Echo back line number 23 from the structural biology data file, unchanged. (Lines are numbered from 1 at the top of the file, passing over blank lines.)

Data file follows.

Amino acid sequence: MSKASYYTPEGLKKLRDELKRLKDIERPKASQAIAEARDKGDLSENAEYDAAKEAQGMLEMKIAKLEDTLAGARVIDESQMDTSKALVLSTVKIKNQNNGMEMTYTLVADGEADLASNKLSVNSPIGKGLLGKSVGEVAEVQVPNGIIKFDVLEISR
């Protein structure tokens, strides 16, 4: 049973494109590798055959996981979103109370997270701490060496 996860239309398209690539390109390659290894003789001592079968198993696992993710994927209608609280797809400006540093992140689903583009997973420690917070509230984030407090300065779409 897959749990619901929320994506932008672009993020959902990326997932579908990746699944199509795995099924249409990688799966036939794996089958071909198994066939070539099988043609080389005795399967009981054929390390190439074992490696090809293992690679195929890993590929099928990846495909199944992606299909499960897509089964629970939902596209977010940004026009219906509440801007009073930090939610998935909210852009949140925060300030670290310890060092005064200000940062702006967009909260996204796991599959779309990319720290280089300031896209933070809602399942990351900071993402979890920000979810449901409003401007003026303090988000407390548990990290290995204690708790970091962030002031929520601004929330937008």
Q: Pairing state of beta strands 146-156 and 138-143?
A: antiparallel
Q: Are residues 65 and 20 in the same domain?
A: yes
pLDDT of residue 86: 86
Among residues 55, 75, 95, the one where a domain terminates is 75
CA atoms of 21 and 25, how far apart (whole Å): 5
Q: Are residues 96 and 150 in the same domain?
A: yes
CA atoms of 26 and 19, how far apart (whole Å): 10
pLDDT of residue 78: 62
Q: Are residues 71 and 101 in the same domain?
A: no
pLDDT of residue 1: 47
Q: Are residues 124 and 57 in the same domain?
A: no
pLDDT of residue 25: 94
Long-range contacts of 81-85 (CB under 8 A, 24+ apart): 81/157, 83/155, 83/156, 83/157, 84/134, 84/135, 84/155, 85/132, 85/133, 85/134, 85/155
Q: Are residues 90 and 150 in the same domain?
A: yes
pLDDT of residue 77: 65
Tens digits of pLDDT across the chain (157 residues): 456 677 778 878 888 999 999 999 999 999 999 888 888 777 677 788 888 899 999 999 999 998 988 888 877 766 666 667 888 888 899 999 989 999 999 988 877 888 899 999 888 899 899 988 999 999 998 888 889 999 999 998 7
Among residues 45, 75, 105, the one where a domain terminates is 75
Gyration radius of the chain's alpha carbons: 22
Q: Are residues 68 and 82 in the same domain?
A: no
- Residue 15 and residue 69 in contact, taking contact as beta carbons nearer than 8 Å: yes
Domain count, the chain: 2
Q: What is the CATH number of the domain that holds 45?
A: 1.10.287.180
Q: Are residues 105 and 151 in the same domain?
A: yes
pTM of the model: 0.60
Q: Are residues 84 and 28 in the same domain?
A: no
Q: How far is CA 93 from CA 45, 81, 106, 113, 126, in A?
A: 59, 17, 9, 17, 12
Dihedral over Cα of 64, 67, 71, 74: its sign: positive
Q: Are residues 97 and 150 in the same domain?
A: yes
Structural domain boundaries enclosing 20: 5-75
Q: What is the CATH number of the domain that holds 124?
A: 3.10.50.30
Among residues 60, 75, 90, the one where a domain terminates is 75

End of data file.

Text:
pLDDT of residue 77: 65